One of the most important questions any new homeowner should ask, prior to moving into a new home, is whether or not the community they’re moving into has a governing homeowners’ association, or HOA.
The idea of homeowners’ associations is definitely not a new one, as they've been around for decades. But their prevalence is on the rise, with nearly 6 in 10 homeowners across the country now living in communities that are overseen by homeowners’ associations.
So, why the increase? Well, the easy answer is that it’s what the majority of homeowners want, and when managed properly, they can be a real benefit to any residential community.
They have many benefits, but there are things to be wary of as well. Let’s look at some of the positives, as well as the negatives, of HOAs.
First, the positives…
Your community will look nice
One of the basic tenets of any homeowners’ association is that the neighborhood looks nice and that certain guidelines are followed. Some of the rules imposed by HOAs involve items like lawn care, restrictions on larger vehicles like boats and motor homes and guidelines for colors of exterior paint that can be used, among others.
Especially at neighborhoods at or near the beach, the amenities at coastal Delaware’s residential communities can be substantial. This includes clubhouses, golf courses, swimming pools, exercise rooms, tennis courts, walking paths and many other things. This is definitely one of the perks to living in a planned community, overseen by a homeowners’ association.
As-needed mediation services
If you have an issue with one of your neighbors and need an independent third party to hear your dispute and rule on it, well that’s another service homeowners’ associations generally provide. This could involve anything, such as disputes over the height of a fence, or maintenance of a tree that extends onto both properties, or several other issues that may come up.
Get to know your neighbors
A homeowners’ association is run by, you guessed it, homeowners in the community where you live. So serving on the board of directors or volunteering in another way with the association can really increase your social circles. You’ll get to know other people in your neighborhood, for sure, and you may even get a few new friends out of the deal. Either way, you’ll be directly contributing to the well-being of your community.
Shared maintenance costs
This includes fees for things like maintaining the common areas, such as the pool and the clubhouse, as well as fees for services such as lawn care in the summertime and snow removal during the winter.
As you can see, there are many advantages to living in a community that has a homeowners’ association looking out for it’s residents. But, there are a few things about HOAs that would not be included in the so-called “pros” column.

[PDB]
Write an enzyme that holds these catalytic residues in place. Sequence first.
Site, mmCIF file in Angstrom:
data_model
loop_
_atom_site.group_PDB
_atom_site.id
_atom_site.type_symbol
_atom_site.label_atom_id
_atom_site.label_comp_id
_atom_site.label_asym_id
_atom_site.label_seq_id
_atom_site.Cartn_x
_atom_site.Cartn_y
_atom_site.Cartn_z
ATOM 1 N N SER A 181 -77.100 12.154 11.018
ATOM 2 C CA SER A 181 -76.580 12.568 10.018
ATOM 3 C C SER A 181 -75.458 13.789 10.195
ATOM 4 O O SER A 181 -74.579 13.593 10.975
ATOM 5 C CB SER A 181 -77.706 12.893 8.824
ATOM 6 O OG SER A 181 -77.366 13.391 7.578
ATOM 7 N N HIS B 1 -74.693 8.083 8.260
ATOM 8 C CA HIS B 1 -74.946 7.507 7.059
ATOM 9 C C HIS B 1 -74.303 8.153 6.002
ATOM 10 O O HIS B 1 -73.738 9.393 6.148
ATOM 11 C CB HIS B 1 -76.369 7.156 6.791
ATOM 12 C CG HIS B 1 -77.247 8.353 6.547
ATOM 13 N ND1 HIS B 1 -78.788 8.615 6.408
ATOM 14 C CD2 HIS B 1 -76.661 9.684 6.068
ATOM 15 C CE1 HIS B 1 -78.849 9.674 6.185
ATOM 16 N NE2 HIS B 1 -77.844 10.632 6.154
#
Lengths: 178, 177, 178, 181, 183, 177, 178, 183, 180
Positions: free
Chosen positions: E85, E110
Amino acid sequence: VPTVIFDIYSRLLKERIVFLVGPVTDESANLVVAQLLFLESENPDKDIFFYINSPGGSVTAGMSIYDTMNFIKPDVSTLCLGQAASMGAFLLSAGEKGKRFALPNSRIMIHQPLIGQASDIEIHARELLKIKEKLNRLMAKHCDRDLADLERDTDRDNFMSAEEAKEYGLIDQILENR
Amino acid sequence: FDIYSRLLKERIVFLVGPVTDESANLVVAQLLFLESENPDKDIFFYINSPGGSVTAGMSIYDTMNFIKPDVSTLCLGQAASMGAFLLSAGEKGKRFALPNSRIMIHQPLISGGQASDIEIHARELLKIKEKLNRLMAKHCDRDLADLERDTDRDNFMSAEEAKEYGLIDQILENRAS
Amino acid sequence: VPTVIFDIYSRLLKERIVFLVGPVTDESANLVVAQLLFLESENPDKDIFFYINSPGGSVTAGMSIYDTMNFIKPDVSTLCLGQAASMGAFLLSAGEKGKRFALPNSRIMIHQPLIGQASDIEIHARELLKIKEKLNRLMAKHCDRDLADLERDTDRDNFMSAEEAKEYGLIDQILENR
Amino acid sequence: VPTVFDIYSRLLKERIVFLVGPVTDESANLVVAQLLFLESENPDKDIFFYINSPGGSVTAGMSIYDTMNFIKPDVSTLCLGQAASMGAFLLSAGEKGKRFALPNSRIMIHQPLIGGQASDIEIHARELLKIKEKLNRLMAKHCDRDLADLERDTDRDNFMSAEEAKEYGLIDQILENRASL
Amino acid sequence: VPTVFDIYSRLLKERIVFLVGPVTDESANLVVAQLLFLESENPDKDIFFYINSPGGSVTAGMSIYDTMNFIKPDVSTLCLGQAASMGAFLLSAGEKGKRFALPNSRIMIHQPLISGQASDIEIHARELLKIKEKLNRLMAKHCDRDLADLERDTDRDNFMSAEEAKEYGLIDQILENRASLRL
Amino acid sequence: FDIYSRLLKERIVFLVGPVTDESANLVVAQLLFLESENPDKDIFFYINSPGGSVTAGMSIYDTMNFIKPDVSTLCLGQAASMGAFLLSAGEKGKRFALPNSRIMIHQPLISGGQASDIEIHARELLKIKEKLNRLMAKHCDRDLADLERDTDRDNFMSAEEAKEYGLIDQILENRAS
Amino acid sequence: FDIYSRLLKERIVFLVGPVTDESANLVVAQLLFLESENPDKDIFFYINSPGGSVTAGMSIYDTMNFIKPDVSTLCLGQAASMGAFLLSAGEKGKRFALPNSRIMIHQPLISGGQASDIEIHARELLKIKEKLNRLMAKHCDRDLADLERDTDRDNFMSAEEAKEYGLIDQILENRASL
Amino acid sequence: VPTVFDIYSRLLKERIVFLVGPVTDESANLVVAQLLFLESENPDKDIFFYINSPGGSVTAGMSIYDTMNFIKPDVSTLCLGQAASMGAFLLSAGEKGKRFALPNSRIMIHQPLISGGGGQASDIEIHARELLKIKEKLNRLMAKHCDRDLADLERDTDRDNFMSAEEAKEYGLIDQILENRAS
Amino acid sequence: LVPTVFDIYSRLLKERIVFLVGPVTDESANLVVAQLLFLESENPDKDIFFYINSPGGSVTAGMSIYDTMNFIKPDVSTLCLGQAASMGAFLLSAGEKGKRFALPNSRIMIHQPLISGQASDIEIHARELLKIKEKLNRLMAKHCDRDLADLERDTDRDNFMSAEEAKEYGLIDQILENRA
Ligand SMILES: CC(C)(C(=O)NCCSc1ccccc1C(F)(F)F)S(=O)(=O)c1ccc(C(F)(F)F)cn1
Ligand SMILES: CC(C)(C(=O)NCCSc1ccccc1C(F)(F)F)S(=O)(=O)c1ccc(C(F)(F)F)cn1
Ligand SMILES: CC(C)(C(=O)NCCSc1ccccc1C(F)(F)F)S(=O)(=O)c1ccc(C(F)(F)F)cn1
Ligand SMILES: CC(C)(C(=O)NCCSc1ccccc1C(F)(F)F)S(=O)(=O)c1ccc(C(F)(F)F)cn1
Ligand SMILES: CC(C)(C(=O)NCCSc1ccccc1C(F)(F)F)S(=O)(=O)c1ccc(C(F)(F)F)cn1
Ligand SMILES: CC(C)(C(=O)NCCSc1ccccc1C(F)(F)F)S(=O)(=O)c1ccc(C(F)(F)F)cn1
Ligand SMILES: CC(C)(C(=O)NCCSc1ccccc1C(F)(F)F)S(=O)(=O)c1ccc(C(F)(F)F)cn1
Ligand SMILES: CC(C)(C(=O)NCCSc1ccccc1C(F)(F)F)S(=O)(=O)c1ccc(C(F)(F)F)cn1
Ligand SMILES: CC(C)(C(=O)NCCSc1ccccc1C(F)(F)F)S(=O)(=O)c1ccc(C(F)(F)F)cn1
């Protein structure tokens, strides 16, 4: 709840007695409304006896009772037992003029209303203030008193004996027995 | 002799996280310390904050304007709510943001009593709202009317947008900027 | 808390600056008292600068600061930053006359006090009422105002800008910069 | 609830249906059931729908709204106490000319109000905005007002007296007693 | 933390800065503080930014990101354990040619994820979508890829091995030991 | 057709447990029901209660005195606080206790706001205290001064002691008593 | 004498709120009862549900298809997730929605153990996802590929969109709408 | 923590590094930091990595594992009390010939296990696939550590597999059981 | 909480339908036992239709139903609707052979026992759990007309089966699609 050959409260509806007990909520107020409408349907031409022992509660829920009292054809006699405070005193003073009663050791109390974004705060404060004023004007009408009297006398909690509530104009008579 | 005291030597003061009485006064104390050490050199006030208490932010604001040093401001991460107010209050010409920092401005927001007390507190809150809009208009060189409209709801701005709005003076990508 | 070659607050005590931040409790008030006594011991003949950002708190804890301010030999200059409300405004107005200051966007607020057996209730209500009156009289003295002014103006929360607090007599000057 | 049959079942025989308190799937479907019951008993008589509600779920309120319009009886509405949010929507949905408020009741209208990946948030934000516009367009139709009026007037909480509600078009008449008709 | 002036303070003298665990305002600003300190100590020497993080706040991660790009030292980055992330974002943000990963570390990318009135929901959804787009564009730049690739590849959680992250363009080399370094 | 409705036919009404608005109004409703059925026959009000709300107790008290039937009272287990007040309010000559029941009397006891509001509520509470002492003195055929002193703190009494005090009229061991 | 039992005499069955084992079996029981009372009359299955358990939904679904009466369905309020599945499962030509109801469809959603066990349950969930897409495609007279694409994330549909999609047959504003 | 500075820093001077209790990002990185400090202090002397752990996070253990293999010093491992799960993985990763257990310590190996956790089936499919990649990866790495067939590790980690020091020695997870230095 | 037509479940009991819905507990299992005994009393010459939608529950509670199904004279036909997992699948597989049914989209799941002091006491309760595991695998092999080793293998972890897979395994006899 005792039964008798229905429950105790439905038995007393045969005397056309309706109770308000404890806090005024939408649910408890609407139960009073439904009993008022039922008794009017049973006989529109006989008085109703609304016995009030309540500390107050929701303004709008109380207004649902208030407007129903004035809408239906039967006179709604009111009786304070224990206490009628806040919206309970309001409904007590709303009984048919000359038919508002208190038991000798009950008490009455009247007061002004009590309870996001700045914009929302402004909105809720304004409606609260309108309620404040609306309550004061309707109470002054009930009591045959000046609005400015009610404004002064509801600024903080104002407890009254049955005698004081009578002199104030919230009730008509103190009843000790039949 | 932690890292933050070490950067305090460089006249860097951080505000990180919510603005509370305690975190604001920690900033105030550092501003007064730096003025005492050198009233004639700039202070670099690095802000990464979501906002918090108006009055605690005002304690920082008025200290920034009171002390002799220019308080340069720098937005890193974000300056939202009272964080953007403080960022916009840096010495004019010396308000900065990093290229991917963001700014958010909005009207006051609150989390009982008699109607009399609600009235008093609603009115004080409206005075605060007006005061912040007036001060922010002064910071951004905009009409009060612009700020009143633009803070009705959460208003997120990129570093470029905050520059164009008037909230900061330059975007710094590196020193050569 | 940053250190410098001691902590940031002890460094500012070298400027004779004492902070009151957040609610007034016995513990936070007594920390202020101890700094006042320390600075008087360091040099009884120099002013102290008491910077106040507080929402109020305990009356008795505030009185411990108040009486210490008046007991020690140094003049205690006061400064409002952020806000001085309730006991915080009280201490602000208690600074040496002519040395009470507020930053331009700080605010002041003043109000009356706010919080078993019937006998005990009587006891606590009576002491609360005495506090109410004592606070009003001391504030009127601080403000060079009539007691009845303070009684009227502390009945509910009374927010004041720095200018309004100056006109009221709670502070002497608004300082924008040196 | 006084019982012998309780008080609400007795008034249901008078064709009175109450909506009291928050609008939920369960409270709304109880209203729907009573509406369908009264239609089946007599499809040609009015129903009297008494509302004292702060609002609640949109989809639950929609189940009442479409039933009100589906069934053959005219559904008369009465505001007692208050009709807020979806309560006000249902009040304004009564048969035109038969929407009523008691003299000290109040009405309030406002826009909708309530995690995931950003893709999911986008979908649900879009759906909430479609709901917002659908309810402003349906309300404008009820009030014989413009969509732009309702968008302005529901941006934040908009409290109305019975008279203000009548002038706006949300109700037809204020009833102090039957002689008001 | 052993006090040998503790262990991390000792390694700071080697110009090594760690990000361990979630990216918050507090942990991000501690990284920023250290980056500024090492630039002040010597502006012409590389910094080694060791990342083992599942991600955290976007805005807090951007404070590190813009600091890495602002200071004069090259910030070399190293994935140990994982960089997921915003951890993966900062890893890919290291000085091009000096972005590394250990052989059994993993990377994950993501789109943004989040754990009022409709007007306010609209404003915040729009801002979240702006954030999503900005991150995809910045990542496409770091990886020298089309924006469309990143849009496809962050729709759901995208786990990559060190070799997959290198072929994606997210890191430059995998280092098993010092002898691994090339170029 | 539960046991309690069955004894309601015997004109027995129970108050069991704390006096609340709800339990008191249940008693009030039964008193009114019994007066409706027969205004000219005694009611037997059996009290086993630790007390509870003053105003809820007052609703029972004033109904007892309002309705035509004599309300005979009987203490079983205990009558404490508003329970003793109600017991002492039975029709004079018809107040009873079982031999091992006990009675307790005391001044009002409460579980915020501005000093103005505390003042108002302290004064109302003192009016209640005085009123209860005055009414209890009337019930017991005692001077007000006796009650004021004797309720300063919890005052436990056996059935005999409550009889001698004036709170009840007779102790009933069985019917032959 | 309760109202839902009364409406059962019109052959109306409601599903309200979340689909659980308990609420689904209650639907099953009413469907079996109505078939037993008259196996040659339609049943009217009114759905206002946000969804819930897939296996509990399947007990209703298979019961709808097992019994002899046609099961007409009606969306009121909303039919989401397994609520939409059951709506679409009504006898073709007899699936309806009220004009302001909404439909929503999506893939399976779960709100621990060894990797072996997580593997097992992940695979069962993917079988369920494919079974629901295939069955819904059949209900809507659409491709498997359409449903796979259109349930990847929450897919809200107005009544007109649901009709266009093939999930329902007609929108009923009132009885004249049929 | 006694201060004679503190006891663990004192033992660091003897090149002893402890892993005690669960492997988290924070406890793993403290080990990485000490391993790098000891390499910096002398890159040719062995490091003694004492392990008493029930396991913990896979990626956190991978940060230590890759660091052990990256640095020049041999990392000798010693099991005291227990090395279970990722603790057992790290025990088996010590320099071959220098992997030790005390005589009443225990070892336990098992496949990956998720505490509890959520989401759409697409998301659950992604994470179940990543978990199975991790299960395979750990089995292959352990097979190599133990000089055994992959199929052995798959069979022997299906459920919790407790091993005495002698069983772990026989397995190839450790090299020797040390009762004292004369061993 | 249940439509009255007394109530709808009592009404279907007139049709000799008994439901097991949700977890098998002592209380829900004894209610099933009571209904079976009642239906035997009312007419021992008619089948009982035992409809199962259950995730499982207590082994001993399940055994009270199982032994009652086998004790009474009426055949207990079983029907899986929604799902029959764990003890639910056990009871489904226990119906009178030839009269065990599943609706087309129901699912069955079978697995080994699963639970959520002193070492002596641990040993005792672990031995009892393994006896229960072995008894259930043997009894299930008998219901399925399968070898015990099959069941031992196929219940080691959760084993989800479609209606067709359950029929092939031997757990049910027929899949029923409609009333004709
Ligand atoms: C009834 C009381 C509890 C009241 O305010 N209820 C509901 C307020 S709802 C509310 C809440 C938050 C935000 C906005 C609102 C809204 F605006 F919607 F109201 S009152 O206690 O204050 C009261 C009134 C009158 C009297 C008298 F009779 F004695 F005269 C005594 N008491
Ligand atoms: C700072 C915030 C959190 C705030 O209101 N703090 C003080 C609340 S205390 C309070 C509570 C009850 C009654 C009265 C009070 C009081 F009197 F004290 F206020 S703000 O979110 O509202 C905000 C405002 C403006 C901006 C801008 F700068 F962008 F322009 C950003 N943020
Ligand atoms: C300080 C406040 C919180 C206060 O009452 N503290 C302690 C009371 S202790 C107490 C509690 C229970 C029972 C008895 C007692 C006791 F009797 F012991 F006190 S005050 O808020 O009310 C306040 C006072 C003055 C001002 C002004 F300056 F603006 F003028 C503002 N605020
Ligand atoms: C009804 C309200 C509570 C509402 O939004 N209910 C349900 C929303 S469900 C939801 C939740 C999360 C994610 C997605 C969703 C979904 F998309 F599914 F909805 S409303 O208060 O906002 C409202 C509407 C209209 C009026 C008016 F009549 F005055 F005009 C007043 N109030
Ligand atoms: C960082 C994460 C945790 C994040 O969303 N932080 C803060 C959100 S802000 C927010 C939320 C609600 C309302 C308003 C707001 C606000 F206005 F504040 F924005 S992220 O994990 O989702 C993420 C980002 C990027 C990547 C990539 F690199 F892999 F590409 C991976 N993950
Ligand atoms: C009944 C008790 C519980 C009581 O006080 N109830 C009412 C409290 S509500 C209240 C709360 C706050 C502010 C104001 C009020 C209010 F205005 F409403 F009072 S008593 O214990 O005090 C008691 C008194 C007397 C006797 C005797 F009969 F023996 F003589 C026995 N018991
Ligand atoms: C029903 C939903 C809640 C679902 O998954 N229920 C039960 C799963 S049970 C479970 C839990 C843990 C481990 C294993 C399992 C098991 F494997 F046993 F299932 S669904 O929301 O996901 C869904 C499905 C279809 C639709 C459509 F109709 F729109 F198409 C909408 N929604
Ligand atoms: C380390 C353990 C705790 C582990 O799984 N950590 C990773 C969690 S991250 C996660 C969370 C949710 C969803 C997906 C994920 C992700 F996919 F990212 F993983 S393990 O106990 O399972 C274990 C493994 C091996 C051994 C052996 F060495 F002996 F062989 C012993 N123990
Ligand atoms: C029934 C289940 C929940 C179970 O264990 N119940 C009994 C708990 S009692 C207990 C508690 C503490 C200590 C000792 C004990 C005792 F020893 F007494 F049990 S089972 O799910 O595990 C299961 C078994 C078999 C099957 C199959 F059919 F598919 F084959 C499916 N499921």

So, let’s take a look at a few things about homeowners’ association that may not be all that positive, but that are a fact of life when living in these communities.
They’re not free!
You can probably file this under the category of “duh!,” but services provided by homeowners’ associations are obviously not free of charge. Your REALTOR can fill you in when you first look at a home and, if you decide to purchase property within the community, you’ll need to add any homeowners’ association fees into your monthly budget. Fees vary depending on the individual HOA, so be sure to look into this before moving in so you’re not caught off guard.
Loss of freedom
If you belong to an HOA, there are rules that you and your family will need to follow. You may not like all the rules, but you'll nonetheless need to adhere to them if you want to continue living in the community. There are options, however, such as petitioning the homeowners’ association to change certain rules. But, the final decision will lay with the board of directors, so if they rule against you, you will have to abide by that ruling.
Asking for approval
If you want to add an addition or make a renovation to your home, you'll normally need to obtain approval from the HOA prior to doing so. And it’s possible that your request will be denied, so you need to be prepared for that possibility. So before you add on that back deck or that in-law suite, or add solar panels to your roof, be sure you’ve jumped through all the necessary hoops with your HOA.
If your HOA is not good stewards of its money and develops financial issues, this could negatively impact you as well. It could affect your ability to qualify for a home loan and could also drive home prices down in your community.
If there's internal strife on the board of directors of your HOA, this could affect you, as well as other homeowners in the community. No one wants to pick sides, but you may end up being caught in the middle of these squabbles, particularly if you’re involved in the everyday business of the HOA. It's best to just relax and sit on the beach for awhile, and wait for things to settle down.
So, as you can see, there are positives and negatives to living in a community that's regulated and managed by a homeowners’ association. The best advice we at the Oldfather Group can give you moving forward is to carefully evaluate each individual HOA and make up your own mind on a case by case basis.
As the Boy Scouts always say, it’s best just to “be prepared” when it comes to purchasing a new home, and educating yourself on your potential community’s HOA is certainly always a prudent move.
Do your due diligence and things will generally work out for the best.
Have a great day everyone!
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